The ANPERC 2020 Research Conference entitled Maturing Geothermal Energy for Saudi Arabia, chaired by ANPERC Professors Volker Vahrenkamp and Tadeusz Patzek, brought academic and industry professionals together from over a dozen countries, to share their ideas on geothermal energy potential in the kingdom. Topics ranged from electricity generation, direct heat use desalination, and cooling buildings during the summer months, to storing carbon deep underground. The common perception of geothermal energy as something that only exists in countries full of bubbling geysers has been challenged by numerous emerging technologies for the utilization of geothermal resources in aquifers and sedimentary basins occurring both on the east and west coasts of Saudi Arabia. Efforts like the ANPERC 2020 Research Conference help these innovations develop further and ultimately foster collaborations among experts in the field, ministries and private entities in the Kingdom.
Above: Prof. Vahrenkamp begins a panel discussion on Day 3. Below: Students and faculty eagerly asked questions about the many presentations.
Above: another panel on Day 3, focused on advancements in drilling technology
The scene for the ANPERC 2020 Conference was set by Professors Vahrenkamp and Patzek stating the objectives of the conference and societal drivers for developing renewable energy concepts in Saudi Arabia. Alexander Richter, President of the International Geothermal Association gave an overview of growing impact of geothermal developments worldwide. Some highlights included insights on the geology, geothermal heatflow and aquifers of Saudi Arabia presented by several engineers and scientists from ARAMCO and Dr Martin Keller of the Ministry of Environment Water & Agriculture (MEWA); the potential for Enhanced Geothermal Systems (EGS) was presented by Dr Khalid Bankher of the Saudi Geological Survey. Dr. Mellors of the Lawrence Livermore National Lab showed a fascinating example from a deep mine in the US of technical issues that still need to be understood with EGS. The second day focused on so-called low-enthalpy geothermal utilizing heat with temperatures less than 150 °C for direct use desalination and heating/cooling projects. Prof. Ernst Huenges' talk showed an example of geothermal cooling from Oman. Other examples from Drs. Daniel Bendias and Killian Beichel (Erdwerk – Germany) and Professor Kenichi Soga (University of California, Berkeley) explained how geothermal resources can be used to lessen carbon based energy demand in urban settings such as Munich and London.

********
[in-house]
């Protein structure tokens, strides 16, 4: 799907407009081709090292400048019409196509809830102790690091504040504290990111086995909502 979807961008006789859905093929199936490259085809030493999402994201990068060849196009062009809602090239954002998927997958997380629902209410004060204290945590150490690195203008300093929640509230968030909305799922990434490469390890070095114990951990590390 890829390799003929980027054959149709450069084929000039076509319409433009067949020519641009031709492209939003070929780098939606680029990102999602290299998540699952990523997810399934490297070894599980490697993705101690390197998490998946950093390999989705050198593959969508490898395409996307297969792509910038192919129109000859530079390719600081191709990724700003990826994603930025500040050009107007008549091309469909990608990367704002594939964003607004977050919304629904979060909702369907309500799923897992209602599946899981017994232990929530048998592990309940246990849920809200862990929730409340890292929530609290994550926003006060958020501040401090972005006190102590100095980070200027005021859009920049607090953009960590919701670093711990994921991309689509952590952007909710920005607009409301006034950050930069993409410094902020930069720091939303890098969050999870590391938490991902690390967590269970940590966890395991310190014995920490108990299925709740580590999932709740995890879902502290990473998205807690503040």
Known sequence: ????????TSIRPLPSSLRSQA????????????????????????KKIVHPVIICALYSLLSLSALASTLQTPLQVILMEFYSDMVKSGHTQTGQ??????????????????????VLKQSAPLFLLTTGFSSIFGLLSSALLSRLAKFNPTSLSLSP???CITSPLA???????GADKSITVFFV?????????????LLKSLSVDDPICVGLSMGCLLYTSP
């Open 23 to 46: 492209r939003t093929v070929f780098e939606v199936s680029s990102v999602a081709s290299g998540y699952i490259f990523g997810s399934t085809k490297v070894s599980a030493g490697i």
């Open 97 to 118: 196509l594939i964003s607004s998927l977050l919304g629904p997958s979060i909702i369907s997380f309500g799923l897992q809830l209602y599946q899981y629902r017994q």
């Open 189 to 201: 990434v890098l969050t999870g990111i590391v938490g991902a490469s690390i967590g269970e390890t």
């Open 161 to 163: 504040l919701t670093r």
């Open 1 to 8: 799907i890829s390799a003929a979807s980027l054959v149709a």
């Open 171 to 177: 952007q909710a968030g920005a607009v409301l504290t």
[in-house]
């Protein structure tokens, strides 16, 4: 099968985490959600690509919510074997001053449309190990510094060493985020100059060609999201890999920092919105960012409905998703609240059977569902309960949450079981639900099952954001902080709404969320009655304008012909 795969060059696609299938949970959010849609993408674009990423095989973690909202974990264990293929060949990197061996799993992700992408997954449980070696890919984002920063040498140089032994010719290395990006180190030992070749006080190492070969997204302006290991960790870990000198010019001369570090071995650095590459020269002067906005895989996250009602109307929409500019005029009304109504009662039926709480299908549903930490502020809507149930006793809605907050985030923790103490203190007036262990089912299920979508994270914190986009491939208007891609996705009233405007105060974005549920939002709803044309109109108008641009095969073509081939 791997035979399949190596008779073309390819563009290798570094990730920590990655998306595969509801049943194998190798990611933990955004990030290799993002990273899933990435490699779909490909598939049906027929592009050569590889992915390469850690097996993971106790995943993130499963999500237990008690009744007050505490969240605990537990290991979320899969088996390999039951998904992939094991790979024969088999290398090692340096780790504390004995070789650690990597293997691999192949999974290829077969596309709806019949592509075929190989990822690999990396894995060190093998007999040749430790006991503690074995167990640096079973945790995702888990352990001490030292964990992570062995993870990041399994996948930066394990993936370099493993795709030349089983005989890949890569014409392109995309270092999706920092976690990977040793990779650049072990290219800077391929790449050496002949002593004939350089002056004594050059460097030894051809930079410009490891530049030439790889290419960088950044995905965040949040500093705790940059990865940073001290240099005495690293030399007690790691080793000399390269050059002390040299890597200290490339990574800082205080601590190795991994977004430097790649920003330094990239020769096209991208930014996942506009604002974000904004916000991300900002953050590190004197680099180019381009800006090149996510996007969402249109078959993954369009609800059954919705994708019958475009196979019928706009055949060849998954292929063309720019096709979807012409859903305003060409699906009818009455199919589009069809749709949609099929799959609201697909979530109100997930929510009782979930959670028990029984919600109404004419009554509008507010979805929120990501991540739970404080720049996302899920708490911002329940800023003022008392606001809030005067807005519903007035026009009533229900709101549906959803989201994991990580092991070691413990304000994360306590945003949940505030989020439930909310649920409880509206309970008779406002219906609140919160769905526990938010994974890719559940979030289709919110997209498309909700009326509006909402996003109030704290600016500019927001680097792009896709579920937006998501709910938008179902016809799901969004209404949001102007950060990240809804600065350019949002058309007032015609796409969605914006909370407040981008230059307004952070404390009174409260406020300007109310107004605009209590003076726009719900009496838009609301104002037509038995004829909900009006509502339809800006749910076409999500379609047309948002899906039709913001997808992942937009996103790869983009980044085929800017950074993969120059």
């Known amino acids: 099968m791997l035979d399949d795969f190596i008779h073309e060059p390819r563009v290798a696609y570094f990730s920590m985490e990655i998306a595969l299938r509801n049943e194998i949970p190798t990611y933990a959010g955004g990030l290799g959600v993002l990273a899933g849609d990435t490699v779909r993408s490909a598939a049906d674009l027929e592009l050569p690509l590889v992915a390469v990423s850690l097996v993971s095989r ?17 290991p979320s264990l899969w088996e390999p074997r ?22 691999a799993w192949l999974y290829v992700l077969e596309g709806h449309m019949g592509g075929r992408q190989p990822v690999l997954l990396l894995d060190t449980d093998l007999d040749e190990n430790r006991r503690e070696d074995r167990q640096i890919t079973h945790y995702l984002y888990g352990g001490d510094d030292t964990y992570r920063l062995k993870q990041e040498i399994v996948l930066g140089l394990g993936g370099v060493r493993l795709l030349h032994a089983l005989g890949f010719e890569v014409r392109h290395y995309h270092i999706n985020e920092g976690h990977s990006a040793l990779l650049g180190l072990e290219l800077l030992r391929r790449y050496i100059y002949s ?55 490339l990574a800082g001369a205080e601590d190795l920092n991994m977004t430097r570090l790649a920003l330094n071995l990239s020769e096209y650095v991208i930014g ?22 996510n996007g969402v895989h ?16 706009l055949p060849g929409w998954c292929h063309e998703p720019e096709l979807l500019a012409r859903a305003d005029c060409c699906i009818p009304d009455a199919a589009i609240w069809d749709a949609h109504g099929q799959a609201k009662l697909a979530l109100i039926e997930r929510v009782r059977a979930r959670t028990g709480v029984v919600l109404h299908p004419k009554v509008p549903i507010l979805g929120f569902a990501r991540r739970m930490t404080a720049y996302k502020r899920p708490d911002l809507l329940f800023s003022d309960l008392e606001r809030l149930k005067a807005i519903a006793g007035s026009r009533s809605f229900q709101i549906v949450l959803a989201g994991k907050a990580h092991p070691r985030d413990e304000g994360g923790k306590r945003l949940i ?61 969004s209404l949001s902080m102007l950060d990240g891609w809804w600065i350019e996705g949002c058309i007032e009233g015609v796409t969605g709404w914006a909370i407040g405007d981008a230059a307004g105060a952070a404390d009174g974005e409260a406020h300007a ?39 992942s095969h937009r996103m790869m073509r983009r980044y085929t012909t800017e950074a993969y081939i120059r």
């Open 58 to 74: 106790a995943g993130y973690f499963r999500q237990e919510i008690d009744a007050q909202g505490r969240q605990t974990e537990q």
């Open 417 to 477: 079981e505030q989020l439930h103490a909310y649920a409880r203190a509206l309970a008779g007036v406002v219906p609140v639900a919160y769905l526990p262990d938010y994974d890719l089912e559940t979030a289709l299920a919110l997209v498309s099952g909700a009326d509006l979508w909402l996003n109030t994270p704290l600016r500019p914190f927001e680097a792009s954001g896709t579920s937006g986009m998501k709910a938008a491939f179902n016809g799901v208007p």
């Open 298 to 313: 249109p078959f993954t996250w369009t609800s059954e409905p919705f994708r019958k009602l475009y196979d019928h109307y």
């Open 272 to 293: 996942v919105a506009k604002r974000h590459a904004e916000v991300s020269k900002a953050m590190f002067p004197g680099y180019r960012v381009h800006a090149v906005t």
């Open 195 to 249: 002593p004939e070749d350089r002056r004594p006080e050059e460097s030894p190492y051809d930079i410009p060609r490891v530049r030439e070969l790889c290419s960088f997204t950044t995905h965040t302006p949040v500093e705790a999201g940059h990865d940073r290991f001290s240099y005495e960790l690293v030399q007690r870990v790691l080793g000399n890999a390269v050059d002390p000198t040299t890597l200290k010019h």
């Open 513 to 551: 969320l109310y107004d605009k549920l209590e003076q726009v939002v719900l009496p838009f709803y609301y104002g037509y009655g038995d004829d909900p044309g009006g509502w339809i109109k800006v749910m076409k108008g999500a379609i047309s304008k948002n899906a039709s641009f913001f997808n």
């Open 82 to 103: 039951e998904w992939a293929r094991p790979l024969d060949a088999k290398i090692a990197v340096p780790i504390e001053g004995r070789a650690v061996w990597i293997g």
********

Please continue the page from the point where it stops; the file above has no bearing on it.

A strong delegation from the Netherlands (Profs. Bruhn, Voskov, and Van Wees of TU Delft & Utrecht) provided information on the rapidly growing geothermal industry in their country and the drivers behind it. Prof. Rosalind Archer (University of Auckland) provided a talk on the carbon emissions of geothermal plants, while Prof. Gislason from the Iceland Geological Survey explained how the released CO2 can be captured and locked into the subsurface. An entire session led by Profs. Saar and Bielicki (ETH, Switzerland & Ohio State University) and Dr. Michael Wechsung (SIEMENS) was dedicated to an emerging technology of utilizing CO2 sequestered in the subsurface as a geothermal energy source – very exciting in view of the global efforts to reduce CO2 impact on the climate. ANPERC Profs. Carlos Santamarina and Hussein Hoteit also spoke during the conference, contributing fundamental engineering insights on heat conductivity and a comprehensive data set on the availability in Saudi Arabia of CO2 for CCUS processes.
Fifteen students and postdocs presented e-posters, including several from ANPERC and KAUST. Conference goers enjoyed a gala dinner by the KAUST greenhouse, took a tour of the KAUST Desalination Plant, as well as a brief tour with Profs. Santamarina and Vahrenkamp of the ANPERC lab facilities. Due to the overall enthusiasm exhibited by the conferences attendees Professor Vahrenkamp anticipates a white paper will be published in the near future addressing the geothermal potential of Saudi Arabia and how it can be matured as a reliable, economic and renewable energy source.
Above and below: e-poster presenters presented their research at the conference.
Above: KAUST President Tony Chan meets with scientists from Dalhousie University. Below: ANPERC scientists at the gala dinner.
A full run-down of the speaking agenda is available on the ANPERC site here. Also, see conference speaker Alexander Richter's article on the conference at thinkgeoenergy.com.